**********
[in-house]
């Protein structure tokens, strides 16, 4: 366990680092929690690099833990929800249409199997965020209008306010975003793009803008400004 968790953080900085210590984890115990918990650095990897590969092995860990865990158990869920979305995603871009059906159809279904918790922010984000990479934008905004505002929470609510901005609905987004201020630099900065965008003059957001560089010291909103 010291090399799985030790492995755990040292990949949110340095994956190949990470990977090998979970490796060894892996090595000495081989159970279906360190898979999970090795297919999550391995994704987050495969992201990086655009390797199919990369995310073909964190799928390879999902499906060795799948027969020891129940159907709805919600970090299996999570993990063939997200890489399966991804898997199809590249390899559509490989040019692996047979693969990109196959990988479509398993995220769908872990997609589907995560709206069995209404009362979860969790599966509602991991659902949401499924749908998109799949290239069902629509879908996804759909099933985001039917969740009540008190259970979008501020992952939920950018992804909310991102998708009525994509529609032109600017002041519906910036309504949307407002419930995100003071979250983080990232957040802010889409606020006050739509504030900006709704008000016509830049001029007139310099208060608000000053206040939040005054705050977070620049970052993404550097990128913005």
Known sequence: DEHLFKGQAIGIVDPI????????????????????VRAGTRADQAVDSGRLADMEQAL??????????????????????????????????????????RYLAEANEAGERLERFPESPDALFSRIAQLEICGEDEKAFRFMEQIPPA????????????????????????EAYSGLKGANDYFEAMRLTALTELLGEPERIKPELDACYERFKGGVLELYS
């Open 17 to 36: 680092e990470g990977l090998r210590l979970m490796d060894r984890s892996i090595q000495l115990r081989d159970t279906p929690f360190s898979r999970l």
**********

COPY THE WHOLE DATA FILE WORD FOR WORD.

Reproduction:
[in-house]
């Protein structure tokens, strides 16, 4: 366990680092929690690099833990929800249409199997965020209008306010975003793009803008400004 968790953080900085210590984890115990918990650095990897590969092995860990865990158990869920979305995603871009059906159809279904918790922010984000990479934008905004505002929470609510901005609905987004201020630099900065965008003059957001560089010291909103 010291090399799985030790492995755990040292990949949110340095994956190949990470990977090998979970490796060894892996090595000495081989159970279906360190898979999970090795297919999550391995994704987050495969992201990086655009390797199919990369995310073909964190799928390879999902499906060795799948027969020891129940159907709805919600970090299996999570993990063939997200890489399966991804898997199809590249390899559509490989040019692996047979693969990109196959990988479509398993995220769908872990997609589907995560709206069995209404009362979860969790599966509602991991659902949401499924749908998109799949290239069902629509879908996804759909099933985001039917969740009540008190259970979008501020992952939920950018992804909310991102998708009525994509529609032109600017002041519906910036309504949307407002419930995100003071979250983080990232957040802010889409606020006050739509504030900006709704008000016509830049001029007139310099208060608000000053206040939040005054705050977070620049970052993404550097990128913005």
Known sequence: DEHLFKGQAIGIVDPI????????????????????VRAGTRADQAVDSGRLADMEQAL??????????????????????????????????????????RYLAEANEAGERLERFPESPDALFSRIAQLEICGEDEKAFRFMEQIPPA????????????????????????EAYSGLKGANDYFEAMRLTALTELLGEPERIKPELDACYERFKGGVLELYS
């Open 17 to 36: 680092e990470g990977l090998r210590l979970m490796d060894r984890s892996i090595q000495l115990r081989d159970t279906p929690f360190s898979r999970l």